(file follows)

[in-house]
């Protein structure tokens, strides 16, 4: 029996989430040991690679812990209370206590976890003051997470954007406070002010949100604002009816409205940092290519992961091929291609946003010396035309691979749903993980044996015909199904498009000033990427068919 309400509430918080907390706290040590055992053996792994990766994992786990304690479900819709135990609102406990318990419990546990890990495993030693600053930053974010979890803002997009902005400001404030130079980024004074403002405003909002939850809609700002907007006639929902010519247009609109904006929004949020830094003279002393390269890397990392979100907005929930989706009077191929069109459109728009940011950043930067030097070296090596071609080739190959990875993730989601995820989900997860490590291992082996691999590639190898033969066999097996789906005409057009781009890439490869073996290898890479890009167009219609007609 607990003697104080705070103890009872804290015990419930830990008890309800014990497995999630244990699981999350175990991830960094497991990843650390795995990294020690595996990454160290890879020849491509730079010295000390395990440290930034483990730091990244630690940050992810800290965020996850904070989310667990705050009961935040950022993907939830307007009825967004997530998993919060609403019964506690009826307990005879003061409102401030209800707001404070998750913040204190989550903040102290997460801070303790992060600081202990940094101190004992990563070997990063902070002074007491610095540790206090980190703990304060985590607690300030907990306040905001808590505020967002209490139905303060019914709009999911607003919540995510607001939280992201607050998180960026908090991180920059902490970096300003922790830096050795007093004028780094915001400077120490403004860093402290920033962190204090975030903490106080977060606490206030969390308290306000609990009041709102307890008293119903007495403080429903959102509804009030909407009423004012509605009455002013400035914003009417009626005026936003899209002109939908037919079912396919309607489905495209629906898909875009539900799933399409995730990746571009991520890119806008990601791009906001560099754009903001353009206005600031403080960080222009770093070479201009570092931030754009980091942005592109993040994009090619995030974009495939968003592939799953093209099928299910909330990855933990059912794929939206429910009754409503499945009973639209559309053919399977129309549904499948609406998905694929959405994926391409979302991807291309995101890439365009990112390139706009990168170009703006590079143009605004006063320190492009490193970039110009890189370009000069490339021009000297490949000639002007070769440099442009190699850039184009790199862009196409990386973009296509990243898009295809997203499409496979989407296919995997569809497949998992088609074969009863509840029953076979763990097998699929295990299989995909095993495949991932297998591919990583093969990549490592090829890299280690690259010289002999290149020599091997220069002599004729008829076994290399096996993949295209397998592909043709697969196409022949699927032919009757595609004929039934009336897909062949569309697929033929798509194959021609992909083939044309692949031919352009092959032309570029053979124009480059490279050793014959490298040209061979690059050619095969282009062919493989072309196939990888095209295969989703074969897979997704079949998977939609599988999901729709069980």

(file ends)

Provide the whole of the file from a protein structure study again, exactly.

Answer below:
[in-house]
């Protein structure tokens, strides 16, 4: 029996989430040991690679812990209370206590976890003051997470954007406070002010949100604002009816409205940092290519992961091929291609946003010396035309691979749903993980044996015909199904498009000033990427068919 309400509430918080907390706290040590055992053996792994990766994992786990304690479900819709135990609102406990318990419990546990890990495993030693600053930053974010979890803002997009902005400001404030130079980024004074403002405003909002939850809609700002907007006639929902010519247009609109904006929004949020830094003279002393390269890397990392979100907005929930989706009077191929069109459109728009940011950043930067030097070296090596071609080739190959990875993730989601995820989900997860490590291992082996691999590639190898033969066999097996789906005409057009781009890439490869073996290898890479890009167009219609007609 607990003697104080705070103890009872804290015990419930830990008890309800014990497995999630244990699981999350175990991830960094497991990843650390795995990294020690595996990454160290890879020849491509730079010295000390395990440290930034483990730091990244630690940050992810800290965020996850904070989310667990705050009961935040950022993907939830307007009825967004997530998993919060609403019964506690009826307990005879003061409102401030209800707001404070998750913040204190989550903040102290997460801070303790992060600081202990940094101190004992990563070997990063902070002074007491610095540790206090980190703990304060985590607690300030907990306040905001808590505020967002209490139905303060019914709009999911607003919540995510607001939280992201607050998180960026908090991180920059902490970096300003922790830096050795007093004028780094915001400077120490403004860093402290920033962190204090975030903490106080977060606490206030969390308290306000609990009041709102307890008293119903007495403080429903959102509804009030909407009423004012509605009455002013400035914003009417009626005026936003899209002109939908037919079912396919309607489905495209629906898909875009539900799933399409995730990746571009991520890119806008990601791009906001560099754009903001353009206005600031403080960080222009770093070479201009570092931030754009980091942005592109993040994009090619995030974009495939968003592939799953093209099928299910909330990855933990059912794929939206429910009754409503499945009973639209559309053919399977129309549904499948609406998905694929959405994926391409979302991807291309995101890439365009990112390139706009990168170009703006590079143009605004006063320190492009490193970039110009890189370009000069490339021009000297490949000639002007070769440099442009190699850039184009790199862009196409990386973009296509990243898009295809997203499409496979989407296919995997569809497949998992088609074969009863509840029953076979763990097998699929295990299989995909095993495949991932297998591919990583093969990549490592090829890299280690690259010289002999290149020599091997220069002599004729008829076994290399096996993949295209397998592909043709697969196409022949699927032919009757595609004929039934009336897909062949569309697929033929798509194959021609992909083939044309692949031919352009092959032309570029053979124009480059490279050793014959490298040209061979690059050619095969282009062919493989072309196939990888095209295969989703074969897979997704079949998977939609599988999901729709069980």